Sunday, February 19, 2017
Exhibit Hall (Hynes Convention Center)
Owen Medeiros, Wentworth Institute of Technology, Boston, MA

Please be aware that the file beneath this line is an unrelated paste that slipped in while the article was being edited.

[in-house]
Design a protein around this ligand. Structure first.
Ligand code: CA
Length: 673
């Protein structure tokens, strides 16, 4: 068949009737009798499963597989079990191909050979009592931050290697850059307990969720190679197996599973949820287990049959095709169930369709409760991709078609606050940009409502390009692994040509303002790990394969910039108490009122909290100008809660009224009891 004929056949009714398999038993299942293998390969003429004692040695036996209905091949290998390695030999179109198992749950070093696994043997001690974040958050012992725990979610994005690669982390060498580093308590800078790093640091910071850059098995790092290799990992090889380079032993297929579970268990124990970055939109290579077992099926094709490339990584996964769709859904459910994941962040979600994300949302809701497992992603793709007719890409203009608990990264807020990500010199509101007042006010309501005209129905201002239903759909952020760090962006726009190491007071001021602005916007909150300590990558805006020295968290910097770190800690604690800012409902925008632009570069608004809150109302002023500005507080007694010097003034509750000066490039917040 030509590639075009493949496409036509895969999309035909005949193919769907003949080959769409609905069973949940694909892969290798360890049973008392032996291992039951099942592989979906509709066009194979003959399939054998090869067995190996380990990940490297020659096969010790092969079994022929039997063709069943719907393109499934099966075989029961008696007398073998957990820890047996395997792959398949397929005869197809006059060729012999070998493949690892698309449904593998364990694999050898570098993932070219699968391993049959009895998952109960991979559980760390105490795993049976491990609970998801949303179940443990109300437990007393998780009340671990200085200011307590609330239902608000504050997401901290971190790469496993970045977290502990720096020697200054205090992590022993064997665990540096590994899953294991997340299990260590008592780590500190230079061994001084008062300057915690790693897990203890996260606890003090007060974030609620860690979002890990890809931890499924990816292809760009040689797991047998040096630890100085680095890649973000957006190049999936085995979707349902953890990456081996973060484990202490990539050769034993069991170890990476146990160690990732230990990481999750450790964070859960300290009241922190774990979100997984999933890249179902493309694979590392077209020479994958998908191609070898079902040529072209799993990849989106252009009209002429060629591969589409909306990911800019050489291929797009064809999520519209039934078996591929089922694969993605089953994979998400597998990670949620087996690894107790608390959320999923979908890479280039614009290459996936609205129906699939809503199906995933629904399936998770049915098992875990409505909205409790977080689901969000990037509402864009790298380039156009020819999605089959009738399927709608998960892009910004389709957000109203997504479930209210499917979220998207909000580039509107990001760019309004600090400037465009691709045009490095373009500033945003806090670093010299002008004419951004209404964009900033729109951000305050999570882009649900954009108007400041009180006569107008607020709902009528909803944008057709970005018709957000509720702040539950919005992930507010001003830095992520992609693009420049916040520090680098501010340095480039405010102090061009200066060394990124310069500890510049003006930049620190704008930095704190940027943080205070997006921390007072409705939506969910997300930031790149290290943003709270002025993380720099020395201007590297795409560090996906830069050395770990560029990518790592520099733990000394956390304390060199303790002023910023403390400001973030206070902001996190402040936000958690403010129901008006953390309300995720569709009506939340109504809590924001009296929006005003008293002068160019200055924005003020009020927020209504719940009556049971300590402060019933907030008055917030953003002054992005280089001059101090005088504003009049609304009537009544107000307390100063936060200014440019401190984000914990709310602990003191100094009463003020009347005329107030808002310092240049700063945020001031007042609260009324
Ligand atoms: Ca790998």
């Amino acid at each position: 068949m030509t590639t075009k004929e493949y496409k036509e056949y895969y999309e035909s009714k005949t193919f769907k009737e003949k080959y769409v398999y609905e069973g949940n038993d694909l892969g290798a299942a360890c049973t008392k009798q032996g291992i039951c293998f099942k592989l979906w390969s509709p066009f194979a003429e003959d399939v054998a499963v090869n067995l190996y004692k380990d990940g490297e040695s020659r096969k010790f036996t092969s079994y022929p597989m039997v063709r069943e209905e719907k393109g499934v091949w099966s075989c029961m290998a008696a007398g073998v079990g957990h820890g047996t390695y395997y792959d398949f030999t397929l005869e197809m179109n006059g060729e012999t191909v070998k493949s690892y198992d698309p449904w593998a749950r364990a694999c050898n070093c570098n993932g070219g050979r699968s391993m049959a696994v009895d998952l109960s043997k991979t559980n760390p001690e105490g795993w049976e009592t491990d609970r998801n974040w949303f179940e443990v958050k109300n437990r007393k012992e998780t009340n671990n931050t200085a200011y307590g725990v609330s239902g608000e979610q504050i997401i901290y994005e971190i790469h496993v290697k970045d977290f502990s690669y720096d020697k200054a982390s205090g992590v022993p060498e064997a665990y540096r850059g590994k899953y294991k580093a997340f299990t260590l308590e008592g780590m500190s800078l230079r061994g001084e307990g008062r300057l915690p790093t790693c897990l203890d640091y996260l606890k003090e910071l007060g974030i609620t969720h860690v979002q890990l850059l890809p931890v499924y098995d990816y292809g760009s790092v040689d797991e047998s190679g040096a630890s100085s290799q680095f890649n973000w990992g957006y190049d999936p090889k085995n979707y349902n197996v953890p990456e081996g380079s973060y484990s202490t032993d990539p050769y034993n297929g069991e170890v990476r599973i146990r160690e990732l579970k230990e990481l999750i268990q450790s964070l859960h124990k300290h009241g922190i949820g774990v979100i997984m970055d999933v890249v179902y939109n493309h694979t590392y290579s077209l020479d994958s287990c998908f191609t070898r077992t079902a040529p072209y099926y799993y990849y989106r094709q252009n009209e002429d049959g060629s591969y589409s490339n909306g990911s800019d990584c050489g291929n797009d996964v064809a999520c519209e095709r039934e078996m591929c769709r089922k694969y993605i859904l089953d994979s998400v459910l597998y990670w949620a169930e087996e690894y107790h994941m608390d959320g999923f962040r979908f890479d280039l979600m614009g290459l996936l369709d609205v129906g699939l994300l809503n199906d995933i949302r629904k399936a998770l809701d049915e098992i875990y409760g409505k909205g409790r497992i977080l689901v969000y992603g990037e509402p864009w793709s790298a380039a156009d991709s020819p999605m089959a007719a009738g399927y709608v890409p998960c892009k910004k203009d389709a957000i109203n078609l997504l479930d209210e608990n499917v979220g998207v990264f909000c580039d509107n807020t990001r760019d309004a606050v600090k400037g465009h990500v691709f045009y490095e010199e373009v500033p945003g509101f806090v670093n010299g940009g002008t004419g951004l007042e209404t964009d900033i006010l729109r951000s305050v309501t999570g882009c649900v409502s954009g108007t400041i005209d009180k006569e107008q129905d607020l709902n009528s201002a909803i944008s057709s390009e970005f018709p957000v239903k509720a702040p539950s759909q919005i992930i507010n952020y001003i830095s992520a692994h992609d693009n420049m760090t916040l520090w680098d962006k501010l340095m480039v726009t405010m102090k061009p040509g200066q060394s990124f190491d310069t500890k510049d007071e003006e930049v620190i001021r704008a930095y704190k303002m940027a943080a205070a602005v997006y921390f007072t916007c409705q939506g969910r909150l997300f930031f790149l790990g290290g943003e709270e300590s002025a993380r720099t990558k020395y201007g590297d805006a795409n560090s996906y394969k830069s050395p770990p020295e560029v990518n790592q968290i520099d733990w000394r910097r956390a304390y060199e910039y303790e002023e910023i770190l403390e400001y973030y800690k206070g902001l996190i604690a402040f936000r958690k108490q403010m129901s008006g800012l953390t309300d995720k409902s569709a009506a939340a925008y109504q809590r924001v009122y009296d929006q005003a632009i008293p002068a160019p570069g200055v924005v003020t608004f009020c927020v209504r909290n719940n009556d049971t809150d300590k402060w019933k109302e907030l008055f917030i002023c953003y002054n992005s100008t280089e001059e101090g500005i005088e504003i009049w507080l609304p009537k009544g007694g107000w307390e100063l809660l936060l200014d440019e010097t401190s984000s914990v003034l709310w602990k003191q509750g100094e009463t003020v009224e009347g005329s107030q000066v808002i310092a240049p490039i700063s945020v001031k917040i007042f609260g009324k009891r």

Despite the wide range of applications of photolithography, from integrated circuits (IC) to microelectromechanical systems (MEMS), the high cost of such a tool limits its accessibility. This study describes the design, construction, characterization, and optimization of an affordable photolithography system for the Nanotechnology Lab at Wentworth Institute of Technology. Starting from scratch, an entire process of photolithography from chemical deposition to exposure and development was developed for under $4000. The light source, an array of LEDs with a wavelength of 400 nm, was determined to produce a circular beam with maximum diameter of ~5 cm and a maximum output power of approximately 25 mW/cm2. The characterized source was then used to expose a ~30 µm layer of negative photoresist SU-8 on a silicon wafer for 7 minutes, which corresponds to a dosage of 10 J/cm2, to fabricate a set of inertial focusing devices. The created structures fell within 5% error in comparison to the mask. Further characterization of the source showed that the output optical power decayed over time, resulting in an inaccurate dose if the control relies solely on exposure time. To compensate for decay and other unexpected voltage fluctuations, a feedback control, a feature unique to our design, was implemented to regulate the delivered dose to the photoresist. This was achieved by monitoring the dose in real time using a photodiode, processing the information using an Arduino microcontroller, and powering off the light source when the desired dose is reached. A preliminary test revealed that the feedback control is capable of reducing the discrepancy between the desired and executed dose from 10% to 5%. The design presented above provides a critical addition to the Nanotechnology Lab at Wentworth Institute of Technology, which allows the Wentworth community and beyond the access to the standard nano-/micro-fabrication techniques and therefore opens up excellent opportunities of new course development and undergraduate research.